Saturday, April 20, 2013

Management to Motherhood: Managing Disappointment

As you work to grow others, there are bound to be setbacks and disappointments. No one is perfect, and sometimes we encounter failure. When I find out one of my "kids" (team members) has fallen short, my heart sinks a little. I want them to be successful; I coach them to do their best, but even the best people will disappoint occasionally.

Here are my 10 tips on managing disappointment:
  1. Set clear expectations from the beginning. If kids clearly know what they should or should not do, you know their failure wasn't due to miscommunication
  2. Communicate the "why". If they buy in to the reasons for rules or processes, they are more likely to follow along. Coupled with setting expectations, this goes a long way towards keeping them from doing something wrong.
  3. Gain respect before an incident occurs. Others are more likely to listen to you if they respect you. You can do this through getting to know them, establishing mutual goals for their future, and practicing what you preach - living by the advice you give to them.
  4. Show that you care for them, no matter what. Conditional love doesn't help anyone. Accepting and celebrating their unique gifts while caring for their well-being gives your relationship a foundation of trust. They will be less likely to question your motives if they know you're on their team and committed to helping them succeed.
  5. Confront them as soon as possible. Delaying a response to a problem gives them the wrong message - they may think what they did was ok. Talking directly to them about the incident shows that you won't let them slip by. Although it may be an uncomfortable conversation, it displays your care for their success.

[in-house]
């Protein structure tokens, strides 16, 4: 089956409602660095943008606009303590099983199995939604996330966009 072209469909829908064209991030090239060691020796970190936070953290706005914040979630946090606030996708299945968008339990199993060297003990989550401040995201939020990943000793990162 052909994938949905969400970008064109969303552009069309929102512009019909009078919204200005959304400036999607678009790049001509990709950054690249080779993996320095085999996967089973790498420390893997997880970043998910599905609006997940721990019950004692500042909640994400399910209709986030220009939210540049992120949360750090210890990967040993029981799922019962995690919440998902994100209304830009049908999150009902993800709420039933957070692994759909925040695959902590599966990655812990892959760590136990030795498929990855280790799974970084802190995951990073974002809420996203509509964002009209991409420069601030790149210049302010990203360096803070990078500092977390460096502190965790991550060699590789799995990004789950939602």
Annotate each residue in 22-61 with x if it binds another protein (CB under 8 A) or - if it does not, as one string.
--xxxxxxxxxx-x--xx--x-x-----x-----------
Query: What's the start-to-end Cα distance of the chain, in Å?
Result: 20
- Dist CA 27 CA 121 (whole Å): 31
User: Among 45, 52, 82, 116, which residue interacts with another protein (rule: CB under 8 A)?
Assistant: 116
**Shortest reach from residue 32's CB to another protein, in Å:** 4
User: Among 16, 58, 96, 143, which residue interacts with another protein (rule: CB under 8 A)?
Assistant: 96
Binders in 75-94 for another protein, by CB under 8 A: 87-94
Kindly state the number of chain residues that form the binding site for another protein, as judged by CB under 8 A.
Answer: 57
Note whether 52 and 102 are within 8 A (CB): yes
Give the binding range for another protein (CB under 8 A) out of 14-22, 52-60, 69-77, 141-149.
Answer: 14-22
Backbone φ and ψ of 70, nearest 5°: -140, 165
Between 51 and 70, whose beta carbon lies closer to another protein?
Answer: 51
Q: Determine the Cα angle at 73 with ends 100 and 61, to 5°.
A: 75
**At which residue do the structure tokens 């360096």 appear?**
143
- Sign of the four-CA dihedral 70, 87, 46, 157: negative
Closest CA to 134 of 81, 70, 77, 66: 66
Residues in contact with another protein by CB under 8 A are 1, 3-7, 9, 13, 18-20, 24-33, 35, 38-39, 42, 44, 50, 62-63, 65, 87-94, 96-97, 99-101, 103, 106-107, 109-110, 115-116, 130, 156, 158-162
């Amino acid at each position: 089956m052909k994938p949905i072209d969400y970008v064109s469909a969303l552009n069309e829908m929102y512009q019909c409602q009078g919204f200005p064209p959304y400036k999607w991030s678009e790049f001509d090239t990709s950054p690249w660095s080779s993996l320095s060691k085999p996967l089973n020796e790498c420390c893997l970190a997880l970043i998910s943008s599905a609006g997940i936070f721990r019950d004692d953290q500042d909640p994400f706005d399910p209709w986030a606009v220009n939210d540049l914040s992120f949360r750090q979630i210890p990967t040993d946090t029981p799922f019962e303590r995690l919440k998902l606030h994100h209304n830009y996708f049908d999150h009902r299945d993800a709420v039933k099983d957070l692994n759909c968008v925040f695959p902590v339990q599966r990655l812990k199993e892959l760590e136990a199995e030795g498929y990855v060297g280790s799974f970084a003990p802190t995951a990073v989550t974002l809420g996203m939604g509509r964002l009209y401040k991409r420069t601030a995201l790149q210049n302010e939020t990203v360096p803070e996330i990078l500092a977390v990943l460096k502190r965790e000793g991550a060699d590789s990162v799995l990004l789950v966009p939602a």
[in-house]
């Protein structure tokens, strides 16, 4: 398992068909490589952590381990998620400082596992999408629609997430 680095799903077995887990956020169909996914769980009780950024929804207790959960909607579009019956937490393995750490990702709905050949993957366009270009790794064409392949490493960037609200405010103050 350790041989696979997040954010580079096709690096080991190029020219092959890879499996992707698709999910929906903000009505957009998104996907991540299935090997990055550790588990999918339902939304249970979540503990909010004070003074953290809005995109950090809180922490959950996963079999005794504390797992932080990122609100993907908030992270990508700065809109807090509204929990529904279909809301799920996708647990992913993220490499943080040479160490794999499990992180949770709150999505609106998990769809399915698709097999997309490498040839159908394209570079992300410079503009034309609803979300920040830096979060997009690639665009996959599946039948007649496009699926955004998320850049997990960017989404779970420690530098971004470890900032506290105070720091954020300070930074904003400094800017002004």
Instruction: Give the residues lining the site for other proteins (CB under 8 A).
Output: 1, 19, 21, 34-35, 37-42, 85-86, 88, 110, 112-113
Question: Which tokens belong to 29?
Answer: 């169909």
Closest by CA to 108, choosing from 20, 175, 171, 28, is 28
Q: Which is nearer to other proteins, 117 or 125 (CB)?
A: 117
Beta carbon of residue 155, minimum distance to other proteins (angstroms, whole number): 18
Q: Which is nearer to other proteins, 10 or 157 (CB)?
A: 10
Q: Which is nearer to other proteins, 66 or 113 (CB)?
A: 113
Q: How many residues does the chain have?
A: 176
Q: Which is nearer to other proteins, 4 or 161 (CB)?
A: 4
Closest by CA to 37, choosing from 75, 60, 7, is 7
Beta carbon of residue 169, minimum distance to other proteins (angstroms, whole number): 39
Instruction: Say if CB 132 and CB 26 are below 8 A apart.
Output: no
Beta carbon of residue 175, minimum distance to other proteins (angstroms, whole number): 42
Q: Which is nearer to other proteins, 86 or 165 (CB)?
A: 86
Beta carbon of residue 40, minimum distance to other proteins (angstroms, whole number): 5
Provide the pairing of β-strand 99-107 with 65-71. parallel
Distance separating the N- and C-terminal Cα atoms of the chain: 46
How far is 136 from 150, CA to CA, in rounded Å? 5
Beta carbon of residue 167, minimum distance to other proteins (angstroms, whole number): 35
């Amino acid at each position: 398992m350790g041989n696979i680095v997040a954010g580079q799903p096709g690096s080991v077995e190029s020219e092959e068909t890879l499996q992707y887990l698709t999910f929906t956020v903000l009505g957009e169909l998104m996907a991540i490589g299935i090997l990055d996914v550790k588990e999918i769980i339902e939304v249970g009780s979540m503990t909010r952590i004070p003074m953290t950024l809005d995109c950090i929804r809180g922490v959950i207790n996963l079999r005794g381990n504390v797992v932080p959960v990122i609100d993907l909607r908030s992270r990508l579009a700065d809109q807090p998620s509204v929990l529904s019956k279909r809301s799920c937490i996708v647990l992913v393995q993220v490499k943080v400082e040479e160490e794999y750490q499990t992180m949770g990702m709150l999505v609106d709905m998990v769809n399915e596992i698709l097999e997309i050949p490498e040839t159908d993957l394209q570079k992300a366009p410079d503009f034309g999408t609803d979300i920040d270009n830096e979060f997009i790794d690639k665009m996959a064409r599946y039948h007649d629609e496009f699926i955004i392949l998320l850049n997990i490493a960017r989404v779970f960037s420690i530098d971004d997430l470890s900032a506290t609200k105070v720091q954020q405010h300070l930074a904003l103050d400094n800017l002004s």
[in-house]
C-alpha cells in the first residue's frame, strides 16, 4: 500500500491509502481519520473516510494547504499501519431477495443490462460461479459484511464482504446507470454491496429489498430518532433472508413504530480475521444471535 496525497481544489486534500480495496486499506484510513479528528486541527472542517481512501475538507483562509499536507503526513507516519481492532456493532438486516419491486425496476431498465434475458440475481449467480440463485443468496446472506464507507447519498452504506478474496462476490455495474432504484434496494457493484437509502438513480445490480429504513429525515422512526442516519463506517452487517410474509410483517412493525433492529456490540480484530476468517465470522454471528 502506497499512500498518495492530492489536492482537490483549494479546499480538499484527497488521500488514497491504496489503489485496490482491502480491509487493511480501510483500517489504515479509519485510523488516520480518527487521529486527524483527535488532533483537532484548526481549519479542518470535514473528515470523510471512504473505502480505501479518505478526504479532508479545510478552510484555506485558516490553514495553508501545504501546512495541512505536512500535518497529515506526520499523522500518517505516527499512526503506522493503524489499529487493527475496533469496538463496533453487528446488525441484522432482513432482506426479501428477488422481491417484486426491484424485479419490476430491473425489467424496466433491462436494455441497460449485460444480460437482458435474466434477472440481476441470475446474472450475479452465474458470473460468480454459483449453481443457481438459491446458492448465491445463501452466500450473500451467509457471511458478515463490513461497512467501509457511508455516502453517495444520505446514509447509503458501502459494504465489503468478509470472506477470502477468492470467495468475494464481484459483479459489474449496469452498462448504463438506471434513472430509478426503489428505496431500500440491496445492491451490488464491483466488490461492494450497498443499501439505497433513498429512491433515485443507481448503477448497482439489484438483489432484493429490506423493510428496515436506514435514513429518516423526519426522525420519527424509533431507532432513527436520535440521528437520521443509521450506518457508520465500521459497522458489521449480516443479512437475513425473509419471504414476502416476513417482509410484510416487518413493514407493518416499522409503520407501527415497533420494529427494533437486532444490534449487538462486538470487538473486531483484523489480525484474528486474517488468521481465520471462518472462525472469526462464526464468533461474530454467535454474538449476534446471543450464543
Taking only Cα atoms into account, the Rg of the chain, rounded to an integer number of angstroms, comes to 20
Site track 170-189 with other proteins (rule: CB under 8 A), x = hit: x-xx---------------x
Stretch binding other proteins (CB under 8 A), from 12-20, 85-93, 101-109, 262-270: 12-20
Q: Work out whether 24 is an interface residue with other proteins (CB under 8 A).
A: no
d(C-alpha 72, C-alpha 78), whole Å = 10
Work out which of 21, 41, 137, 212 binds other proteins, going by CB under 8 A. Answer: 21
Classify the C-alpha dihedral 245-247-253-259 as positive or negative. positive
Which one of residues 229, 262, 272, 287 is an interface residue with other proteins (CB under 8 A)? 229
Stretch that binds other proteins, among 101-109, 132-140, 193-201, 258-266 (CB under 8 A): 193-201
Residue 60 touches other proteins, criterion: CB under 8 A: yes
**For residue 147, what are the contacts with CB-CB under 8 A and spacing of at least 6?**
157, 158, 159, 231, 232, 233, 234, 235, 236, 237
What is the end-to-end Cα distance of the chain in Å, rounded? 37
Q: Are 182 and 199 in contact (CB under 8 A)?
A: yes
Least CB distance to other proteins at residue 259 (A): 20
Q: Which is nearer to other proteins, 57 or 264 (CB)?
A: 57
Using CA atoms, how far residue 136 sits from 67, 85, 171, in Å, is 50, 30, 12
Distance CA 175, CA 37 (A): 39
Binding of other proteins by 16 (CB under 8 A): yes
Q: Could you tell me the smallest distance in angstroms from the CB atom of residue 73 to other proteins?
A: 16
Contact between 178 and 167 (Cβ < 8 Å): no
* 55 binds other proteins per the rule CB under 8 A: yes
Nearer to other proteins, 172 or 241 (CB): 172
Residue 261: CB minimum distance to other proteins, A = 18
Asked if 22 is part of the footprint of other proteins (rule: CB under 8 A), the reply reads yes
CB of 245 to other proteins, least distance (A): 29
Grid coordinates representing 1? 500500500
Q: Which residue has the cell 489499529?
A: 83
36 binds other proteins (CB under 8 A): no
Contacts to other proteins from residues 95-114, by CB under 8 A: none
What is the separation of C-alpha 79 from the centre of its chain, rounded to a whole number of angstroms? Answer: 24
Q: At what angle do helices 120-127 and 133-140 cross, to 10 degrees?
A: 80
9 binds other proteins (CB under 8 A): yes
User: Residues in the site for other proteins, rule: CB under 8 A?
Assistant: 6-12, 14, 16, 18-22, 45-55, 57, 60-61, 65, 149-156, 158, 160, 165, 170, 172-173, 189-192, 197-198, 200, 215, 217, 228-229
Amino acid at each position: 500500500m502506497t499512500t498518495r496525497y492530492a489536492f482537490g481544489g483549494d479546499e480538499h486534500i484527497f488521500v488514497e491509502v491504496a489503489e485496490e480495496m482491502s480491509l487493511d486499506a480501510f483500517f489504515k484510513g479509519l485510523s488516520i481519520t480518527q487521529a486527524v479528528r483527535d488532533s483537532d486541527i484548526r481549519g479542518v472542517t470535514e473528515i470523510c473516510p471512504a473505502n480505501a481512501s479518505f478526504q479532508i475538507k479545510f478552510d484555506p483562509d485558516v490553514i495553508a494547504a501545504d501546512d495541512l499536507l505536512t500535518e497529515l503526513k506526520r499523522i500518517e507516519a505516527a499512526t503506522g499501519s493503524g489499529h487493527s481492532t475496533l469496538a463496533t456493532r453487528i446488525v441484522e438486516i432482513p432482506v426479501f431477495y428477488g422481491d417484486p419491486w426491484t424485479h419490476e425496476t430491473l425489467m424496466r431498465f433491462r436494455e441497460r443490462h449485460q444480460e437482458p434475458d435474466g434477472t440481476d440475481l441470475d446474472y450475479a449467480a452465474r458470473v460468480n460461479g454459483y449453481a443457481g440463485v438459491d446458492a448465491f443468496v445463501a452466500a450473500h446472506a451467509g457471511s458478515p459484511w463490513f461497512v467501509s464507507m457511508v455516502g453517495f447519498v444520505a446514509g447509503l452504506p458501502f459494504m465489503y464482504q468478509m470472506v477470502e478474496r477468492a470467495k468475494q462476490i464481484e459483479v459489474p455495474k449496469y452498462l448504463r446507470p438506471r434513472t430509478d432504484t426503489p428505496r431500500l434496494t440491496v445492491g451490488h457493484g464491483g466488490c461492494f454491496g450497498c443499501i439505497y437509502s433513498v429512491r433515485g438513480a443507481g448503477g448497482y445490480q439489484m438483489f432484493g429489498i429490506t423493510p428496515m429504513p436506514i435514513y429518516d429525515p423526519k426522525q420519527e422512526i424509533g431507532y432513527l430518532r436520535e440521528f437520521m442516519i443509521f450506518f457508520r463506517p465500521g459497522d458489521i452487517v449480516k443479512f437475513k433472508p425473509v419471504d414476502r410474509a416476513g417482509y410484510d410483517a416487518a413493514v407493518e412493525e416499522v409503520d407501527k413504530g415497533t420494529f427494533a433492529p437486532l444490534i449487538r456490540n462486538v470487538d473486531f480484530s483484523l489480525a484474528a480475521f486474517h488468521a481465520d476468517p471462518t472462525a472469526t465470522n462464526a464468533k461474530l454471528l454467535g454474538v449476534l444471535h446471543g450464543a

6. Don't jump to conclusions. Tell them what happened and how it didn't match the expectations you laid out. Then, ask them what happened. Give them a chance to speak their mind and explain the circumstances. There may be lots of excuses which you'll have to tackle, but there may be more to the story than you know. Being allowed to speak helps build that trust.
  7. Say you're disappointed. Disappointment from a respected coach is highly motivating, and it lasts. I still remember the sunken feeling I got every time my parents were disappointed in me. I looked up to them so much and worked really hard to make them proud.
  8. Turn it into a growth opportunity. Communicate what your expectations are going forward and how they can correct what happened. This makes a confrontation constructive and gives it a positive note in the end.
  9. Establish appropriate consequences. Make sure the punishment fits the crime. If one of my team members displays poor communication skills, I explain the opportunities they could have had but won't because their skills aren't there yet. I don't like taking away TV or grounding kids - those punishments are generic and don't reinforce the specific behaviors you're targeting. A teenager not making it home by curfew? Set curfew an hour earlier - once they show they can be responsible enough to make it home on time, they can "earn back" that hour...and your trust.
  10. And finally...don't take it personally! There will be slip-ups from time to time. At some point it's up to them to live their own life. You can only coach and correct, not steer. Ultimately their success is in their own hands.

No comments:

Post a Comment